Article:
How government voter ID plans are an expensive and dangerous distraction

Author:
Josiah Mortimer, Head of Communications

Posted on the 18th February 2021

Several news outlets report today that new legislation will be announced in the Queen’s speech this spring, to force voters to show ID at the ballot box from 2023.

Make no mistake – these plans are an expensive distraction, at a cost of up to £20m per General Election, according to the government’s own figures.

The policy poses a major risk to democratic access and equality, and it’s totally wrong priority during the pandemic. Let’s not forget that the PM once pledged to ‘eat’ his ID if he was forced to show it by the government – now something he is legislating to do.

Possession of ID is not universal and is particularly low among certain groups of voters. Many of us will know someone who lacks a driving licence or passport. If mandatory ID were to be rolled out nationally, it could result in tens of thousands of voters being denied a say every election.

Research by the Electoral Commission in 2015 showed that around 3.5 million citizens (7.5% of the electorate) do not have access to photo ID. If voter identification requirements were restricted to passports or driving licences, around 11 million citizens (24% of the electorate) could potentially be disenfranchised. And getting ID costs time and money, while any ‘free’ ID scheme is likely to be difficult to secure.

Marginalised groups are less likely to have ID: Women, those living in urban areas, the under 20s and over 65s were less likely to hold a driving licence. Indeed, since the 1990s, possession of a driving licence has dropped by 40 percent among under 20s – making it a poor basis for a voter ID policy. A recent survey by the Department for Transport found that only 52 percent of Black people hold a driving licence, compared with 76% of the white population. FCA research in 2019 estimated that 1.3 million people in the UK do not have a bank account.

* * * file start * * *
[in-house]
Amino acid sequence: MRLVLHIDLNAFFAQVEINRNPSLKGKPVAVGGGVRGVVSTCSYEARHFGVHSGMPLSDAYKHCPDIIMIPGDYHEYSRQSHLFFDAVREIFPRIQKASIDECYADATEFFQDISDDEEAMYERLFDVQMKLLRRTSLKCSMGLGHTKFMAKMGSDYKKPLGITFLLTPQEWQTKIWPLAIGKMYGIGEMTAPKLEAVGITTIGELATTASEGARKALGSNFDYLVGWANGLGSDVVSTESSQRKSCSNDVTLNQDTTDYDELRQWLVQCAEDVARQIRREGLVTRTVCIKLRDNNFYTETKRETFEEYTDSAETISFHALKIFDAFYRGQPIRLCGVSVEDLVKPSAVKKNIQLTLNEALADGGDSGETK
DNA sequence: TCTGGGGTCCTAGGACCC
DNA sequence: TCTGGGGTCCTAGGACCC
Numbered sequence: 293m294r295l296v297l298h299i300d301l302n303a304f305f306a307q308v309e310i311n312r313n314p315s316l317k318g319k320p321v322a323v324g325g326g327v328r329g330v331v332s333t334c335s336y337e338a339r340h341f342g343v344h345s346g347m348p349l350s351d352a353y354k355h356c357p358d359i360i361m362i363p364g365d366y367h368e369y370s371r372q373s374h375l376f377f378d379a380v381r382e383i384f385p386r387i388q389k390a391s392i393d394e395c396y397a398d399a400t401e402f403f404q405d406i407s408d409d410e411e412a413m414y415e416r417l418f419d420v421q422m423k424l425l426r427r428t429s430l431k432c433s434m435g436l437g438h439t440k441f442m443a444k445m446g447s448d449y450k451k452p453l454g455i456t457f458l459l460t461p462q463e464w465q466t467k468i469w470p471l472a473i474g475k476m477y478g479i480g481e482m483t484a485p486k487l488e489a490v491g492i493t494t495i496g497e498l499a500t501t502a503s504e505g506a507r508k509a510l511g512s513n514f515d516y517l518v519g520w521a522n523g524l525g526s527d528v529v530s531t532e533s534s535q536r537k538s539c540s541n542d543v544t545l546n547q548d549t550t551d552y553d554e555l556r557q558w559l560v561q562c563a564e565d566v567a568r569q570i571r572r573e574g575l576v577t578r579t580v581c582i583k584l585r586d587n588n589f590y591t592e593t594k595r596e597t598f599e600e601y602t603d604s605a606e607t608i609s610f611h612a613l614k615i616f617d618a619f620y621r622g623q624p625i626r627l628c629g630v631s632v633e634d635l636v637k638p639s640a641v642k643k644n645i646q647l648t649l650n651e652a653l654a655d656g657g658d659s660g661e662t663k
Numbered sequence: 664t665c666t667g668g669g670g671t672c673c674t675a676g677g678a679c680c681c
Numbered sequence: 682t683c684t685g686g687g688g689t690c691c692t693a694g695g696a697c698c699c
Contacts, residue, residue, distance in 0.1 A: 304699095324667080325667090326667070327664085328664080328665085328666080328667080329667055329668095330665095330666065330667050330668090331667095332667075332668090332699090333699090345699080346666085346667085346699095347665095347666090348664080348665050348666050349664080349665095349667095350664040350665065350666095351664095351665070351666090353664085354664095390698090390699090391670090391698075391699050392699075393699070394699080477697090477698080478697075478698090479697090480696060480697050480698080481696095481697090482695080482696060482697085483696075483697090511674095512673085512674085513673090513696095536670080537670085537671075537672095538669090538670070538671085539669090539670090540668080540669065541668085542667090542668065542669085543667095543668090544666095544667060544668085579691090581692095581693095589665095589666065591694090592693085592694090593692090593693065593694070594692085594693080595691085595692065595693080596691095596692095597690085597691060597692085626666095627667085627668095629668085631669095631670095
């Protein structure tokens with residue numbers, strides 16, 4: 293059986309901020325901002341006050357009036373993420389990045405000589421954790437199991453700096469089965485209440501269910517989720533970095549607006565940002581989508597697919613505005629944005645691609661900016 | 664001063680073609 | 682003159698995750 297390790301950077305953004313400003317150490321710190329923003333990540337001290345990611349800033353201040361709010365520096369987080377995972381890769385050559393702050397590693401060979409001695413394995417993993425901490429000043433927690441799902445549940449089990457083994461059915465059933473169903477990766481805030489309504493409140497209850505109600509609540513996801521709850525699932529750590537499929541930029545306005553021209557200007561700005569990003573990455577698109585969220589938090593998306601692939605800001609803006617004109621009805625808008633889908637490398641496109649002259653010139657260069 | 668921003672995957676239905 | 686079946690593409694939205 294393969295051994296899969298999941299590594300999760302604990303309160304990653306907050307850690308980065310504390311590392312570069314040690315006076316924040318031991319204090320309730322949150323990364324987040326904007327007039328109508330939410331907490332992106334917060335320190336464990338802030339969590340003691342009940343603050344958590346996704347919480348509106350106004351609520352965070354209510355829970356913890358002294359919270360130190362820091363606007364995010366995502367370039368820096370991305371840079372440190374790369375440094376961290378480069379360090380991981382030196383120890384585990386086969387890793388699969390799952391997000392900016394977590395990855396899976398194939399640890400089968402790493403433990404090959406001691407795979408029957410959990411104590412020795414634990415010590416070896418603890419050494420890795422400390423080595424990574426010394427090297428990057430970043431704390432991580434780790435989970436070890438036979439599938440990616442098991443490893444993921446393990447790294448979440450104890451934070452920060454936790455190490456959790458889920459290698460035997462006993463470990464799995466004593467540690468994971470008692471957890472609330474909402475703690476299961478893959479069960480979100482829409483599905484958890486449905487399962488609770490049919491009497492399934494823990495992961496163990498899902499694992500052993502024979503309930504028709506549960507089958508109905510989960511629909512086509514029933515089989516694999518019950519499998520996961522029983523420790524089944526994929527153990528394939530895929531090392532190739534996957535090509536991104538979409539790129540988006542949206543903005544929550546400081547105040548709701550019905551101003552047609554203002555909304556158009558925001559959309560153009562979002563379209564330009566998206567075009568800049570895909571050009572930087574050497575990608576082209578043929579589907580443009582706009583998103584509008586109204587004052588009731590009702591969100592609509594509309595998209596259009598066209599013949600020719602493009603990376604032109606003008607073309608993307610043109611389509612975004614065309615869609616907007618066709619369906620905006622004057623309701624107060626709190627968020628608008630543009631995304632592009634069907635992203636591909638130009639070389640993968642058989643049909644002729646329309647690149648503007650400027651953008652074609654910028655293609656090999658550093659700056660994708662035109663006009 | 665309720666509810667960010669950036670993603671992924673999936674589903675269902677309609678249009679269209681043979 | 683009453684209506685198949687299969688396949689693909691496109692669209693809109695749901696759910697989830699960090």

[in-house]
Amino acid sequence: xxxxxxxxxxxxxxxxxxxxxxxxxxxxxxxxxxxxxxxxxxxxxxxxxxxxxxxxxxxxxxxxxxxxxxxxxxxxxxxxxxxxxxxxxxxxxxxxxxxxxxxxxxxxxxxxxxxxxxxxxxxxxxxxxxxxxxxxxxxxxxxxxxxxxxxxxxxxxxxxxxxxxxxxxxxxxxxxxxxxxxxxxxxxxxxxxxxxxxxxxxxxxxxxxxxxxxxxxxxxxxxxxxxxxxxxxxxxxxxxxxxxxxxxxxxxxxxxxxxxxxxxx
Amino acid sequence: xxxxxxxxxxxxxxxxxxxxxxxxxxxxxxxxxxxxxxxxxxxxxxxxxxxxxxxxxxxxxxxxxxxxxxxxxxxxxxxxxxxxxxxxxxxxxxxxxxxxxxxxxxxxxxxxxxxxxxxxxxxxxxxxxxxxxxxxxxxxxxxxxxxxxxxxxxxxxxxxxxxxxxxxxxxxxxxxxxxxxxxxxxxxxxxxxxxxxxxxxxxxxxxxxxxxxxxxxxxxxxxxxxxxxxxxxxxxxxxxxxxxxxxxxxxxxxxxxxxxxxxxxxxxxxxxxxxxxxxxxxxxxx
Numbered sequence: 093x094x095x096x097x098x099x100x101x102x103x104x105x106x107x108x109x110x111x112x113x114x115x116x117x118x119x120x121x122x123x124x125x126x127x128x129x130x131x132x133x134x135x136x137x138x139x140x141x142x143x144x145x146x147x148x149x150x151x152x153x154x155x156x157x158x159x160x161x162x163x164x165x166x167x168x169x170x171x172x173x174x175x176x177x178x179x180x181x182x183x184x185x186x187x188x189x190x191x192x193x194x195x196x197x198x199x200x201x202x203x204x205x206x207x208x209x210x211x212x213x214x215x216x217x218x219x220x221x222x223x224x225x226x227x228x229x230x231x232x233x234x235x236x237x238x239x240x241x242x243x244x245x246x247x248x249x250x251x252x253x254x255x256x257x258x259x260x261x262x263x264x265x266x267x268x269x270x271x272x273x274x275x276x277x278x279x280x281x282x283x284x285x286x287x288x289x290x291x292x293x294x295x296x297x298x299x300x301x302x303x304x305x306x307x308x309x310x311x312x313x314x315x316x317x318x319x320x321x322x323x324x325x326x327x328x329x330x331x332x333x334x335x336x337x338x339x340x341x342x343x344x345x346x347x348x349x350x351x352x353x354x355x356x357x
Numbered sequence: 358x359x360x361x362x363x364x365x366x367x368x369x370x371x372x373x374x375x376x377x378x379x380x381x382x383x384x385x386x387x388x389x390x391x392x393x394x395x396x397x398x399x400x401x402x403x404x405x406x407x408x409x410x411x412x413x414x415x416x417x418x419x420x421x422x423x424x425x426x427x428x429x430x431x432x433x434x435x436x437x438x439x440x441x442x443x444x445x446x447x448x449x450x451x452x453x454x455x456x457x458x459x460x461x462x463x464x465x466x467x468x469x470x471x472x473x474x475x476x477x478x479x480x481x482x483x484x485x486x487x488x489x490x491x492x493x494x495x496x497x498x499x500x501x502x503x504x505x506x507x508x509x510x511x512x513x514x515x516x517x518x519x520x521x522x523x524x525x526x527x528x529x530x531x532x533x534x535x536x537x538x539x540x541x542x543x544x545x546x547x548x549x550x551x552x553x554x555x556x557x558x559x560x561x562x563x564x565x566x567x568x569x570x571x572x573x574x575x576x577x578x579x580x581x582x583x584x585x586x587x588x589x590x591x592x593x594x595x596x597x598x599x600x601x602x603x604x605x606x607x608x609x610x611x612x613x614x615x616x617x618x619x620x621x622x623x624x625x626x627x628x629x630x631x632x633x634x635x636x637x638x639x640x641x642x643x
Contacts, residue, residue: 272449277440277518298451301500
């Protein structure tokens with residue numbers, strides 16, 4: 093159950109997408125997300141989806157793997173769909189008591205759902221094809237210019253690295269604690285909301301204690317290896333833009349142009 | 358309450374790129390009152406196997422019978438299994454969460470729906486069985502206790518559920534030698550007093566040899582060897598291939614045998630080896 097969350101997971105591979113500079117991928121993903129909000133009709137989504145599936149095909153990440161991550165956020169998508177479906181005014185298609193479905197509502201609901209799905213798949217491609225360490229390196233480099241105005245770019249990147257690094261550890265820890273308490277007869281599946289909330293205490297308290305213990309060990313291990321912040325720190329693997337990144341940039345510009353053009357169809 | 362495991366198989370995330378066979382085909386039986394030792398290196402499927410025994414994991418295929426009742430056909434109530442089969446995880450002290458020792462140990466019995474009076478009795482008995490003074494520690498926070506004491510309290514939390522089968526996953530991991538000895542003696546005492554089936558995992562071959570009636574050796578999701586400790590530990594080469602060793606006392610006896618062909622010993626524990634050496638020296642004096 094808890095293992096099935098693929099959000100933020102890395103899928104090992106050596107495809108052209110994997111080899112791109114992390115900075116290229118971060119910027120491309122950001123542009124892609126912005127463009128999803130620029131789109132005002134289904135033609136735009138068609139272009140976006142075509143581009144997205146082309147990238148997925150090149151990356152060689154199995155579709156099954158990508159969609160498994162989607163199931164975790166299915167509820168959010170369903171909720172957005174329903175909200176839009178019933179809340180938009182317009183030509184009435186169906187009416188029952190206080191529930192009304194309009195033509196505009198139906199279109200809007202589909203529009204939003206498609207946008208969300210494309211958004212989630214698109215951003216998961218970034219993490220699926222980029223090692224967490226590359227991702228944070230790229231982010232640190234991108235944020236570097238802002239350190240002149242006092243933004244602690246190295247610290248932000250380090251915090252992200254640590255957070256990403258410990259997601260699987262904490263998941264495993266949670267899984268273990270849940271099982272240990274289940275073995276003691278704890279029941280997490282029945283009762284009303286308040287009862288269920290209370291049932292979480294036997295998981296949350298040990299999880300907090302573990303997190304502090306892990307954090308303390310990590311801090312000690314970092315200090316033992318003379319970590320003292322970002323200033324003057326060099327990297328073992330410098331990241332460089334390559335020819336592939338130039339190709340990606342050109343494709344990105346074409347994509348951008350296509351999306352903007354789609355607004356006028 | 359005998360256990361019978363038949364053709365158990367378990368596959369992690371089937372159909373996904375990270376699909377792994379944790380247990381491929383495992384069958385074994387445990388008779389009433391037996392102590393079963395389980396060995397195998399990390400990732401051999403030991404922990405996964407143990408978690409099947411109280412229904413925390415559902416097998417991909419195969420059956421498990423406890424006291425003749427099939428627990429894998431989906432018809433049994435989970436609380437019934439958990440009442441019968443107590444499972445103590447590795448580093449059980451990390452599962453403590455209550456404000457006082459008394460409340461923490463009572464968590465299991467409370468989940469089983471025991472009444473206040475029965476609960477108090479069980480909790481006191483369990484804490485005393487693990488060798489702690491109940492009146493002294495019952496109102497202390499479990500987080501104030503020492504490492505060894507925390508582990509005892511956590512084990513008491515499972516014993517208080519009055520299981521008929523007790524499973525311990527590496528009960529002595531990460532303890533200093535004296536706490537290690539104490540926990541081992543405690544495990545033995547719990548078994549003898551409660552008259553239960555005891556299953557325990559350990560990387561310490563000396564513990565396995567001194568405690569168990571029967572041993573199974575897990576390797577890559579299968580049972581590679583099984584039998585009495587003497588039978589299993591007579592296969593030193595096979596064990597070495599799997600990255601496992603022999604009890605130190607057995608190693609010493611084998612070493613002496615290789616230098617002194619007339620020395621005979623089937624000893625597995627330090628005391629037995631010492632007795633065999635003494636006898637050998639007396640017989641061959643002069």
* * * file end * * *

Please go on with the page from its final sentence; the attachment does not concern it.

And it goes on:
It’s no wonder then that leading civil society groups, charities and academics – including the British Youth Council, Age UK, Stonewall, Liberty, The Salvation Army, Migrants’ Rights Network, and the Race Equality Foundation – have spoken out against the introduction of mandatory voter ID, highlighting the unequal impact it would have on already disadvantaged and excluded groups.

This is a ‘show your papers’ policy that is the misguided and wrong. It risks pulling up the drawbridge to people across the country.

At a cost of up to £20m per election, this is a colossal waste of energy and resources at a time when we should be focusing on the UK’s recovery.

Ministers should focus on the real problems facing our democracy instead, not least the nine million missing from the electoral roll, and Westminster’s warped political system.

Sign our petition to stop the government’s dangerous plans to deny people the vote

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